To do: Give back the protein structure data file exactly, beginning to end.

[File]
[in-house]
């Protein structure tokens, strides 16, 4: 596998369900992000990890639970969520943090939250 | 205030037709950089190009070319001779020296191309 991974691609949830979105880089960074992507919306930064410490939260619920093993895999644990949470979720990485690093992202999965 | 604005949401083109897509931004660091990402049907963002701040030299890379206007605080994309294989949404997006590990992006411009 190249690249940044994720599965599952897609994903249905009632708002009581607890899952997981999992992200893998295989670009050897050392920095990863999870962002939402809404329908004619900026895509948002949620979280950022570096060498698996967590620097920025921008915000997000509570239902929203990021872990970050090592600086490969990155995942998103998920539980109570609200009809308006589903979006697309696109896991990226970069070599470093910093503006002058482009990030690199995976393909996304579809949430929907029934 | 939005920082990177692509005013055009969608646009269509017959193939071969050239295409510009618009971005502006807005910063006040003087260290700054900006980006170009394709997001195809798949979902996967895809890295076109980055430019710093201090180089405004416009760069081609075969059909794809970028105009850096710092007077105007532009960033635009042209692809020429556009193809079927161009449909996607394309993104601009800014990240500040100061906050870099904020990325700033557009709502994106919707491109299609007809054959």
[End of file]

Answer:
[in-house]
């Protein structure tokens, strides 16, 4: 596998369900992000990890639970969520943090939250 | 205030037709950089190009070319001779020296191309 991974691609949830979105880089960074992507919306930064410490939260619920093993895999644990949470979720990485690093992202999965 | 604005949401083109897509931004660091990402049907963002701040030299890379206007605080994309294989949404997006590990992006411009 190249690249940044994720599965599952897609994903249905009632708002009581607890899952997981999992992200893998295989670009050897050392920095990863999870962002939402809404329908004619900026895509948002949620979280950022570096060498698996967590620097920025921008915000997000509570239902929203990021872990970050090592600086490969990155995942998103998920539980109570609200009809308006589903979006697309696109896991990226970069070599470093910093503006002058482009990030690199995976393909996304579809949430929907029934 | 939005920082990177692509005013055009969608646009269509017959193939071969050239295409510009618009971005502006807005910063006040003087260290700054900006980006170009394709997001195809798949979902996967895809890295076109980055430019710093201090180089405004416009760069081609075969059909794809970028105009850096710092007077105007532009960033635009042209692809020429556009193809079927161009449909996607394309993104601009800014990240500040100061906050870099904020990325700033557009709502994106919707491109299609007809054959």